1784: In what is perhaps the first ballistic comparison, John Toms is convicted of murder based on the match of paper wadding removed from the victim’s wound with paper found in Tom’s pocket.
1787: Johann Metzger develops a method for isolating arsenic.
1798: François-Emmanuel Fodéré (1764–1835) publishes Traité de médecine légale et d’hygiène publique.
c. 1800: Franz Joseph Gall (1758–1828) develops the field of phrenology.
1801: Andrew Duncan Sr. (1744–1828) begins lecturing on legal medicine at Edinburgh University.
1806: Valentine Rose recovers arsenic from a human body.
1807: Andrew Duncan Jr. (1773–1832) becomes the first Professor of Medical Jurisprudence.
1810: The first use of document examination in a criminal investigation involves the analysis of ink dye on a document known as Konigin Hanschritt in Germany.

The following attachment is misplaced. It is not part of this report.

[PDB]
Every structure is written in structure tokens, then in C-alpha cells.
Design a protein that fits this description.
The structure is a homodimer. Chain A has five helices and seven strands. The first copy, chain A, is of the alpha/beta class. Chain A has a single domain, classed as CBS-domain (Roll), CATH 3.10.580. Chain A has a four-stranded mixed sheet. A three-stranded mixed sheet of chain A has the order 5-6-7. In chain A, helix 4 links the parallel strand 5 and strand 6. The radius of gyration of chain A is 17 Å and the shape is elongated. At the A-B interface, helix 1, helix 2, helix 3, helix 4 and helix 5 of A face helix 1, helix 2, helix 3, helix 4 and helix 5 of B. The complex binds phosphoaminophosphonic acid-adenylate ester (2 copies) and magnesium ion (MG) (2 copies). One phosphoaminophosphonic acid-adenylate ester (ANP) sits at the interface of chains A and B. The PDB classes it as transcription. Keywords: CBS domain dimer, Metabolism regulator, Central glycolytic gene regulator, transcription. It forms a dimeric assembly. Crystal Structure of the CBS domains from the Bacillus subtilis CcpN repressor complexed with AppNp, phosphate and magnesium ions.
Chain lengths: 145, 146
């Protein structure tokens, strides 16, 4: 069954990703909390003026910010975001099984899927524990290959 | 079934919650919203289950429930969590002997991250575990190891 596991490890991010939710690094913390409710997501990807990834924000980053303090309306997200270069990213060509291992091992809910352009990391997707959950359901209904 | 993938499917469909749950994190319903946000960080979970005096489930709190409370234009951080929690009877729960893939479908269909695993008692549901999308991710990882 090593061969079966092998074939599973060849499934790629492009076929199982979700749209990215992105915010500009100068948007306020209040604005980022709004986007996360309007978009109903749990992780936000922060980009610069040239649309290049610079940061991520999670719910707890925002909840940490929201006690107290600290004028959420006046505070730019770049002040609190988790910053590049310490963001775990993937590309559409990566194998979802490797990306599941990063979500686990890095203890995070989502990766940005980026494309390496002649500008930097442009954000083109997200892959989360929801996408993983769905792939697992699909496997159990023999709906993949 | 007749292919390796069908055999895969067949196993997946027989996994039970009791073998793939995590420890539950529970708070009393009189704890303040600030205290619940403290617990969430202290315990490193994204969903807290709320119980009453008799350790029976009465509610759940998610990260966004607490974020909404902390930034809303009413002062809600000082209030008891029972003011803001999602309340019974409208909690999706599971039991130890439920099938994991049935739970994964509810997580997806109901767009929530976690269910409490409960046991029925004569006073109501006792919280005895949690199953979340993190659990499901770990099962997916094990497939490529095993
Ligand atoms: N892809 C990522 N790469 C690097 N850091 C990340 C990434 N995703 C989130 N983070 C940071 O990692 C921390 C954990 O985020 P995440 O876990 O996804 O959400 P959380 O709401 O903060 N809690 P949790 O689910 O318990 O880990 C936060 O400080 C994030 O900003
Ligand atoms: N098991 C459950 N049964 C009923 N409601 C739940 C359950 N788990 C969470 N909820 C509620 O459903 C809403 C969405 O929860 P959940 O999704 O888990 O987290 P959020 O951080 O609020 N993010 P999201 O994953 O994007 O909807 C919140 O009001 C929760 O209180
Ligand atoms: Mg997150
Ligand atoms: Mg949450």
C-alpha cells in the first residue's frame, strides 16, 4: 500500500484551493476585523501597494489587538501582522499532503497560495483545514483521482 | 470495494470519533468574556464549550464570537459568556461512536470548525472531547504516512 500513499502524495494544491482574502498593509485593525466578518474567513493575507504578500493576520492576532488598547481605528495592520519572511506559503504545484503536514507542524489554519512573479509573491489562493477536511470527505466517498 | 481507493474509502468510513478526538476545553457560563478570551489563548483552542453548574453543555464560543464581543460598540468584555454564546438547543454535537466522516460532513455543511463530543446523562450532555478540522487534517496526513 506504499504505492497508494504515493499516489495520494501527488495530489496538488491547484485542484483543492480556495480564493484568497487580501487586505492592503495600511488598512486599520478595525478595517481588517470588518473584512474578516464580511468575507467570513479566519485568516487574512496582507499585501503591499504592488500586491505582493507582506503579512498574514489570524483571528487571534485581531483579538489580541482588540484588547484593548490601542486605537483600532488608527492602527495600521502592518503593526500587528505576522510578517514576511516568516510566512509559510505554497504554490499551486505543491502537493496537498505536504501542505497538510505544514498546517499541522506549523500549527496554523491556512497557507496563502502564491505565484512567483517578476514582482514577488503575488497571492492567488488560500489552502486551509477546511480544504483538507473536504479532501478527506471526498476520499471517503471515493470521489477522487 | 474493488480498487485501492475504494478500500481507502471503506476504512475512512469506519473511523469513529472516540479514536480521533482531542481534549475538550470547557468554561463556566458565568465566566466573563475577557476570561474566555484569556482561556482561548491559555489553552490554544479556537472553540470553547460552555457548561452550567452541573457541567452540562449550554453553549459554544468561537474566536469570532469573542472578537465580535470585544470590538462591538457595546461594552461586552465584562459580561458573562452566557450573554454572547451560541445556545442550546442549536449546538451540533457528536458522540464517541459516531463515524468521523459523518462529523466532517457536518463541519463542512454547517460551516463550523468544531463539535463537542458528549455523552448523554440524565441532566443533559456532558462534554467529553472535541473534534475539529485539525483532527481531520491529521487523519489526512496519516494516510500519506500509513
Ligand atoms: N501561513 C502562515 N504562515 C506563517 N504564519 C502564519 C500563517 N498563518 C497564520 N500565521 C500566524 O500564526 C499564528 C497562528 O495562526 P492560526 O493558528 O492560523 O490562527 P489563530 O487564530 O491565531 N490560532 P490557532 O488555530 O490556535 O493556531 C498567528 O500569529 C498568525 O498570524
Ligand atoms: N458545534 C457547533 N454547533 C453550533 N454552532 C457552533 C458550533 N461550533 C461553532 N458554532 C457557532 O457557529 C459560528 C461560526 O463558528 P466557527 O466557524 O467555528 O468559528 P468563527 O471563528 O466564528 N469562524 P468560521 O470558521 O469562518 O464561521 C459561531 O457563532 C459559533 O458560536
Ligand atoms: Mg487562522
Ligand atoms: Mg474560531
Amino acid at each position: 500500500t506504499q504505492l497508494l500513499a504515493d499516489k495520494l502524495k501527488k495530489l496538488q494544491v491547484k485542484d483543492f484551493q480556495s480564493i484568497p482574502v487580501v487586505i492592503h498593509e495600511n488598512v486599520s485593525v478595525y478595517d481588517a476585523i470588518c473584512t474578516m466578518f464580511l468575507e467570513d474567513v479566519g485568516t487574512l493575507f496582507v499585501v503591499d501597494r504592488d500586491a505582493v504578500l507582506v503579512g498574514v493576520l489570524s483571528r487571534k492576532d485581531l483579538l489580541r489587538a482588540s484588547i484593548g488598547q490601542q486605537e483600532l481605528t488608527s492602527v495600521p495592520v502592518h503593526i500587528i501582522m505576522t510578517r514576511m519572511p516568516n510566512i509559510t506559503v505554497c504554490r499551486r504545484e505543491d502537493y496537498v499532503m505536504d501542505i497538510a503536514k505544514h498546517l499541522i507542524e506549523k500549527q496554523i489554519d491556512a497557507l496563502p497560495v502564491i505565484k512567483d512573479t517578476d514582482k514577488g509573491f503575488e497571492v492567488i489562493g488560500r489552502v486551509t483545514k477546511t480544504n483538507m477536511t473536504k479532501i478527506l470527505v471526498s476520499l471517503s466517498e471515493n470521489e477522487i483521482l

1813: James S. Stringham (1775–1817) becomes the first Professor of Medical Jurisprudence in the United States.
1813: Mathieu Joseph Bonaventure Orfila (1787–1853) publishes Traité des poisons (Treatise on Poison), the first toxicology textbook.
1821: Sevillas isolates arsenic from human stomach contents and urine, giving birth to the filed of forensic toxicology.
1823: Johannes Purkinje (1787–1869) devises the first crude fingerprint classification system.
1835: Henry Goddard (1866–1957) matches two bullets to show they came from the same bullet mould.
1836: Alfred Swaine Taylor (1806–1880) develops first test for arsenic in human tissue.
1836: James Marsh (1794–1846) develops a sensitive test for arsenic (Marsh test).
1850s: Rudolph Virchow (1821–1902) establishes the roots of cellular biology and anatomy.
1850: Johann Ludwig Casper (1796–1864) publishes the first color forensic pathological lithographs.
1853: Ludwig Teichmann (1823–1895) develops the hematin test to test blood for the presence of the characteristic rhomboid crystals.
1857: The first paper on hair analysis is published in France.
1858: In Bengal, India, Sir William Herschel (1833–1917) requires natives sign contracts with a hand imprint and shows that fingerprints did not change over a fifty-year period.
1862: Izaak van Deen (1804–1869) develops the guaiac test for blood.